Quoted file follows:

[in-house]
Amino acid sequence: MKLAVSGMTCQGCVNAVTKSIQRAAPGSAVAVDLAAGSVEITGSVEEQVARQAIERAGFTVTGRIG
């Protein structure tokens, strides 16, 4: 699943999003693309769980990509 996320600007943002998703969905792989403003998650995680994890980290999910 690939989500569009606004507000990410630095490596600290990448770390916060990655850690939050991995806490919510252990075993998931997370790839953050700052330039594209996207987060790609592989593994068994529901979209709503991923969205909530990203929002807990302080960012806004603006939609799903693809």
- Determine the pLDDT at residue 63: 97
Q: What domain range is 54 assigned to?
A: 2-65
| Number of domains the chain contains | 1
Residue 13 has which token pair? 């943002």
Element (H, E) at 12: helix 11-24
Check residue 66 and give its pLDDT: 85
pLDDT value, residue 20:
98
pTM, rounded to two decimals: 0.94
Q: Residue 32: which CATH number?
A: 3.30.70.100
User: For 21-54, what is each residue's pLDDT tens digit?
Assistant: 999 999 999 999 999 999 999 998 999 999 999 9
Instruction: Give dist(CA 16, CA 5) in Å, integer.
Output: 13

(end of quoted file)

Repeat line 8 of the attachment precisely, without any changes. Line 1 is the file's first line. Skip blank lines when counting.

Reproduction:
Residue 13 has which token pair? 């943002």